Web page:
Long Term Care Parkinson's

What Lies Ahead?

It is certainly a vexing question, and so many external events are even more challenging, climate change, supply chain issues, economic collapse and so on.

I have been relying on technology a lot to compensate for the problems brought on by Parkinson’s – you see I am smart, but as it turns out, that is flawed thinking.

I use an Amazon Echo Show a lot. It helps to make the long sleepless nights, another gift from Parkinson’s, almost bearable. There are so many interesting radio programs on the overnight radio. And I don’t  have to fiddle in the dark with shaky hand, I simply ask Alexa to play xxx and she does it.

She also remembers when I ask her to set an alarm for my medication and many other chores that have become difficult.  By listening to which program was playing I could tell the time without looking but simply asking what is the time? she would respond quite smartly. At least normally … last night she said she was trying to connect… Of course we had the snow yesterday and the Internet was down!

Limitations of Technology

Technology has its limitations and one has to take that into consideration when planning to use technology in your care plans.

Some potential vulnerabilities are:

subject subsystems failing like the power grid and or the internet and phone network failing, shortage of key components to the supply chain problems, and the stress caused by already overloaded staff now having to support complex technical systems.

One needs to recognize that these threats exist and do a proper risk analysis. One can design work arounds for most issues identified and even what to do for catastrophic failures like when the big earthquake finally comes to British Columbia (then we work with the emergency folks because the water will also be compromised.

Technologies of Interest

1 Training

The training provided in the guide (Parkinson’s 101) while excellent in its scope and depth ir is written using a newsmagazine style and assumes a certain sophistication to absorb and make sense of. However Parkinson’s is not particular who it attacks. The majority of our residents speak languages other than English and certainly not avid readers of Newsweek or the Financial Mail. There would be great benefit in redoing the Parkinson’s 101 as on-line video courses. This would make it possible to cater for different languages using captions or even voice overs in different languages. We could also adapt the content to a broader range of listener education and include more up to date information.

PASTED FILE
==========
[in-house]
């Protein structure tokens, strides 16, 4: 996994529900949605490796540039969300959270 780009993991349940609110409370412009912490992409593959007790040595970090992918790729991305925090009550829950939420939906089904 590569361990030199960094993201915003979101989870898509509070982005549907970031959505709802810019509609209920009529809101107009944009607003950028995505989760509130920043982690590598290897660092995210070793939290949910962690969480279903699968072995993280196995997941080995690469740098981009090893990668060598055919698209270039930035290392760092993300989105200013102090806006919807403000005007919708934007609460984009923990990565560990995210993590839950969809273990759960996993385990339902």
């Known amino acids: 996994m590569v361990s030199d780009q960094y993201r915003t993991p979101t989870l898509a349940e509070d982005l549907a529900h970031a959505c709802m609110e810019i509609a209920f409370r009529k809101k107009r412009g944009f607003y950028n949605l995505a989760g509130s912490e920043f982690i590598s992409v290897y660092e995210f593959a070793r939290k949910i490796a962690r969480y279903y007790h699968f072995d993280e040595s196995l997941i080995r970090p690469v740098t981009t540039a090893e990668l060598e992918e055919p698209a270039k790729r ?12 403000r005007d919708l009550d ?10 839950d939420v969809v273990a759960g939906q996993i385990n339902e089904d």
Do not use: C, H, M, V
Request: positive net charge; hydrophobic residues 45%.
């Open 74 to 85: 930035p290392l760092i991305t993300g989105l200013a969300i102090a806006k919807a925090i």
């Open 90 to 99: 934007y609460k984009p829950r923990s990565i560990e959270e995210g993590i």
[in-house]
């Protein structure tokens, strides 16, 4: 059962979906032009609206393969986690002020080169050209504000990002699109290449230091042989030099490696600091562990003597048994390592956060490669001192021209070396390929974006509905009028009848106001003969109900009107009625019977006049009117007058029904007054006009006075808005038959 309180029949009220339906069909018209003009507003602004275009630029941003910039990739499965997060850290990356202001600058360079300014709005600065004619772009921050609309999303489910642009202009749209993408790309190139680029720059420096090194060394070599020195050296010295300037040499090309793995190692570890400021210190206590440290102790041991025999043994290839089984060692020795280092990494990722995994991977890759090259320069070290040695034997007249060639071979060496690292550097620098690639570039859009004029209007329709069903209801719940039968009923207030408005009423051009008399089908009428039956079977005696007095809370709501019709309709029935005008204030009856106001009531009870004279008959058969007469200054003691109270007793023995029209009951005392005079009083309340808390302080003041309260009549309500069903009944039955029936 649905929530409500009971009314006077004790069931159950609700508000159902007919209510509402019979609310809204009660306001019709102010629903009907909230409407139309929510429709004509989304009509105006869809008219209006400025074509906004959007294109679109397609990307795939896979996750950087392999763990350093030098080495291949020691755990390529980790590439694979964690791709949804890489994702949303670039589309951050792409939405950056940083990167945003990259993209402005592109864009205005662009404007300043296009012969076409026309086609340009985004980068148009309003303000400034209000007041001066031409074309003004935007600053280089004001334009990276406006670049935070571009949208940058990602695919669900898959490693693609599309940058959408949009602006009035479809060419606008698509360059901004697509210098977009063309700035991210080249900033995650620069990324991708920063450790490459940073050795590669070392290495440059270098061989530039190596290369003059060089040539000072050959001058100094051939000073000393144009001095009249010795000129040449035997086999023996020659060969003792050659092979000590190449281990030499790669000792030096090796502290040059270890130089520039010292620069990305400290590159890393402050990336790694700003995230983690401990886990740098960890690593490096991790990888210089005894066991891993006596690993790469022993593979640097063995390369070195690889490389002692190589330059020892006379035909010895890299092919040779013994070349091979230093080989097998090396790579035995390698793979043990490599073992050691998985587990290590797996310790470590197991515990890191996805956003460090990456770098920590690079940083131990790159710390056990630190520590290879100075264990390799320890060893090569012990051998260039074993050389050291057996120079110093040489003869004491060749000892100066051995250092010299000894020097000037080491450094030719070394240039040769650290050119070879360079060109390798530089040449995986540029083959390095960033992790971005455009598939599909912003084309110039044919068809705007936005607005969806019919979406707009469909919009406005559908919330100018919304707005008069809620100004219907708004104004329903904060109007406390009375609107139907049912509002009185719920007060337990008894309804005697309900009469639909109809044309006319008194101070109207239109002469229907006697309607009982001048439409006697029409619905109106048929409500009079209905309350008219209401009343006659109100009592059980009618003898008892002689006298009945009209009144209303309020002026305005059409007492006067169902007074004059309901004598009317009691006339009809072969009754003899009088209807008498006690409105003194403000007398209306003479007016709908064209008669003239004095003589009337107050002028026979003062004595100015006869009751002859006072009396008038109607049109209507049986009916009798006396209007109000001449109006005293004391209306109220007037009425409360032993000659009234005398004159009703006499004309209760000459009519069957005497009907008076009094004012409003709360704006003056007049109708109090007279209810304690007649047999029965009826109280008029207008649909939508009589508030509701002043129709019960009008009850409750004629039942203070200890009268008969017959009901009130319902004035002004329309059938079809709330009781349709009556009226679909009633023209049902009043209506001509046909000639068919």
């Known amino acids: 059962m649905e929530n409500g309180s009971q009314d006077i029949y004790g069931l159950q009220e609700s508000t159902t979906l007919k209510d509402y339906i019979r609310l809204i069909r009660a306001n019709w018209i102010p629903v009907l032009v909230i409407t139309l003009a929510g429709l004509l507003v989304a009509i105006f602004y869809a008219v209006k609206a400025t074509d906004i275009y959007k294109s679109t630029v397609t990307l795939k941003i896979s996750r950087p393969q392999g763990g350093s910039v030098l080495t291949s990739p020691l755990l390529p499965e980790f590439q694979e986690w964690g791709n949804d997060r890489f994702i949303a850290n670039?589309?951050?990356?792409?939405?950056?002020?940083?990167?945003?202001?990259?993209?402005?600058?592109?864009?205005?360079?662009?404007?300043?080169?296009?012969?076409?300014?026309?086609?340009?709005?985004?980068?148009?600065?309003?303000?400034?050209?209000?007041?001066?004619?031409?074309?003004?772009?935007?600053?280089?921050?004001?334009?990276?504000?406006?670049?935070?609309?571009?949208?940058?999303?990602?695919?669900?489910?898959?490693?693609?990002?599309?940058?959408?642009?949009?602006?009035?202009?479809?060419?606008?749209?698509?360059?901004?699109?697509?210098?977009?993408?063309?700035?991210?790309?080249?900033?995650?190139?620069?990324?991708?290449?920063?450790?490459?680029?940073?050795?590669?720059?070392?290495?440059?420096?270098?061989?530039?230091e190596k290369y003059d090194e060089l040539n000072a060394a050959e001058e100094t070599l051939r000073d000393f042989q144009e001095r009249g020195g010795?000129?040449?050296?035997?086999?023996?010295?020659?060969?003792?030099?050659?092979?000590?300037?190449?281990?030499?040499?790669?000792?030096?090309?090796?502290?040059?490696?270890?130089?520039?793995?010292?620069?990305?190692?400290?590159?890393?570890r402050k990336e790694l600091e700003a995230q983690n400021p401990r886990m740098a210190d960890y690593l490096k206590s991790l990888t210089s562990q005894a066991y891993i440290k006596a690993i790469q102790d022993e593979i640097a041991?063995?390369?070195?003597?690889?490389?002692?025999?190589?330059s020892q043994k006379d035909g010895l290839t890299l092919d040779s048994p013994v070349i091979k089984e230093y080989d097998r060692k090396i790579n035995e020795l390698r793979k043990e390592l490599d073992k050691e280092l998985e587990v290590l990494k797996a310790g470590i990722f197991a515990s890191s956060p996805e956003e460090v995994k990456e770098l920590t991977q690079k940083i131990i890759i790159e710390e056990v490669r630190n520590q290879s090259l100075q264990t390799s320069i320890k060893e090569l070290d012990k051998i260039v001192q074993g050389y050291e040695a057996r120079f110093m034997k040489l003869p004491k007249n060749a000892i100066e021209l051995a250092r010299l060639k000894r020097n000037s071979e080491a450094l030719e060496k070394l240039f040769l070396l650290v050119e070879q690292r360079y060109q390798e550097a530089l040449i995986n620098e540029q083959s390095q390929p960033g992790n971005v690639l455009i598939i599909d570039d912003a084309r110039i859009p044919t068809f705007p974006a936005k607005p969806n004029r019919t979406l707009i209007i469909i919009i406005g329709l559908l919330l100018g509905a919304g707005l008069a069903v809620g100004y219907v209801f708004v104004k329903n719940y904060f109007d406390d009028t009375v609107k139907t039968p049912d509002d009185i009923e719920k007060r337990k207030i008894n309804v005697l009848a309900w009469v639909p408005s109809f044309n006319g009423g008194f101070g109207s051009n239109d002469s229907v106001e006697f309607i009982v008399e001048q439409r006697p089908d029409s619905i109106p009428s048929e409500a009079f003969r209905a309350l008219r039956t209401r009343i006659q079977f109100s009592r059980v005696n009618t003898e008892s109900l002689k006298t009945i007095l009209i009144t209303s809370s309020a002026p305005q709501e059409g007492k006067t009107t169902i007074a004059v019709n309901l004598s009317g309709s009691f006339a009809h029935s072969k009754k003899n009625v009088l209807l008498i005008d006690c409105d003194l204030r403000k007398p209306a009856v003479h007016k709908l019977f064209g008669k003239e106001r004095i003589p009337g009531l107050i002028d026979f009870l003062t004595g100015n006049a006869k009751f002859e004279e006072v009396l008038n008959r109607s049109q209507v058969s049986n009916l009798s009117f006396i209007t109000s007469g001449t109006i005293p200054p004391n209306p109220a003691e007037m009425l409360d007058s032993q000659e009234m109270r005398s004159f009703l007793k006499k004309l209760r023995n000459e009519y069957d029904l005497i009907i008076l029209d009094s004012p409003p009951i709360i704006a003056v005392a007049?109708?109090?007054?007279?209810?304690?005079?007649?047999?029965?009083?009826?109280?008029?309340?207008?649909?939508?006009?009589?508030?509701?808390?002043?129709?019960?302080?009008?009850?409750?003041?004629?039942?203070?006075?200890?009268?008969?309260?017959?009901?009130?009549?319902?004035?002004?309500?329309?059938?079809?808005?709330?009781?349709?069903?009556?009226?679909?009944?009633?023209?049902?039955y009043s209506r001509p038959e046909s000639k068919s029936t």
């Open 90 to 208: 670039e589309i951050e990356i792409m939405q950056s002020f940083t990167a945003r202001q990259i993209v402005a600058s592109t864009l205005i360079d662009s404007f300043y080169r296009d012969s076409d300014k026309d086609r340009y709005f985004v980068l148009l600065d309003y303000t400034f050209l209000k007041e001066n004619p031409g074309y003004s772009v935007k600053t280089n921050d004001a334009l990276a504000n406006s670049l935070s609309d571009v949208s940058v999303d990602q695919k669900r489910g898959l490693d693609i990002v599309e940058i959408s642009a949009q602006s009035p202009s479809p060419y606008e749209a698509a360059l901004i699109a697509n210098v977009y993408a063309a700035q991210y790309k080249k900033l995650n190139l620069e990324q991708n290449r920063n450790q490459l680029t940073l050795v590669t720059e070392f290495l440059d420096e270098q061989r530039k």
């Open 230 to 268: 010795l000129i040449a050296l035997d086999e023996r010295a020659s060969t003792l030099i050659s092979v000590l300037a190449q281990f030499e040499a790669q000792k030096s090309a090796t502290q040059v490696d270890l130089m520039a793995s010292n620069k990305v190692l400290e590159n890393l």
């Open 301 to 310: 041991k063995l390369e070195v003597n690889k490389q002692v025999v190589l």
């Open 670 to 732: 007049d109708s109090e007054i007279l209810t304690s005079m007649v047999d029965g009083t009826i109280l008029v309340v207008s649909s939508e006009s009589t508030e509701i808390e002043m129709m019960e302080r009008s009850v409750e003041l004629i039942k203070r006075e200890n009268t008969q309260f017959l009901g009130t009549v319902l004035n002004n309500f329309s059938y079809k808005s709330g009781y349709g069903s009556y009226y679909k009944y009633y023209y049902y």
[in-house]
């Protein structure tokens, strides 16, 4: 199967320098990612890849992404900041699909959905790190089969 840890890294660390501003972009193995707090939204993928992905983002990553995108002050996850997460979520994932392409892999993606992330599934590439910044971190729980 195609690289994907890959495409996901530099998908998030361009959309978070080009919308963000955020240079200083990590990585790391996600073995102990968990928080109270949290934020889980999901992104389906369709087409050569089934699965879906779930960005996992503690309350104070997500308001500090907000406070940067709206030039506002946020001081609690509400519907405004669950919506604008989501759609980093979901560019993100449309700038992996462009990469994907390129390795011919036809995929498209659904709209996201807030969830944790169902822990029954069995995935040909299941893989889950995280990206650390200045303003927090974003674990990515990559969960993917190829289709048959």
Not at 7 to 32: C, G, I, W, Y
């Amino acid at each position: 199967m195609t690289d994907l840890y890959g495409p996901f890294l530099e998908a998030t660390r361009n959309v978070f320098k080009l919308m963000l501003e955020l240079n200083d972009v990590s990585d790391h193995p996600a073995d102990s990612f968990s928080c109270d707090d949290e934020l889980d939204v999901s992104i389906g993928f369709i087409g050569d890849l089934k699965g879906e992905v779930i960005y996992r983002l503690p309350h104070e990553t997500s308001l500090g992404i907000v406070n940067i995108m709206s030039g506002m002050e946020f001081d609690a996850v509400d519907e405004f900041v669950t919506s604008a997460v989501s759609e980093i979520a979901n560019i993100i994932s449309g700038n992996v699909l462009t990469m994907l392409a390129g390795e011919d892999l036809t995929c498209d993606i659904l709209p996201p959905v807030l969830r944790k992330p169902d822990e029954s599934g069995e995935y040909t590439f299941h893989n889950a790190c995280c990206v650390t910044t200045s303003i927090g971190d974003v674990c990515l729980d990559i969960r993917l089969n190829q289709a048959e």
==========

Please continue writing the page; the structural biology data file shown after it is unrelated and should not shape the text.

These courses could be used for staff continuing education and onboarding training and can be used to provide training for the staff responsible for systems maintenance.

2 Explanations

It would be useful to have explanations of key concepts online as they can be clarified more easily when using graphics and/or animations. So they would understand better the need for filling in all these forms.

The online system could also be used for keeping the records.

3 Symptom AI

A major problem for people who think they have Parkinson’s is getting a referral to an appropriate specialist. In principle the system could be used to assist the local champion and physician to analyze a residents symptoms so as to fill in the forms correctly and potentially in the face of having to deny a resident care due to the shortage of specialists i.e. long wait times, the local doctor could start the process and verify it later.

This can be as easy as using video of symptoms. There is one neurologist who has produced a series of videos, in Spanish, demonstrating for example the different types of tremor (regular tremor compared to Parkinson’s rolling pin tremor). It would be easy to provide voice over in other languages. One would have to ask the doctor’s permission but they would be easy to duplicate.

More complex approaches could be built using machine learning using the information in the New Parkinson’s Disease Treatment Book. That would require government funding and a collaboration agreement with the author Dr Ahlskog.

4 Online Specialist Support

Some of the needed support needed by people with Parkinson’s can be included online such as voice therapy and exercise regimes, and more…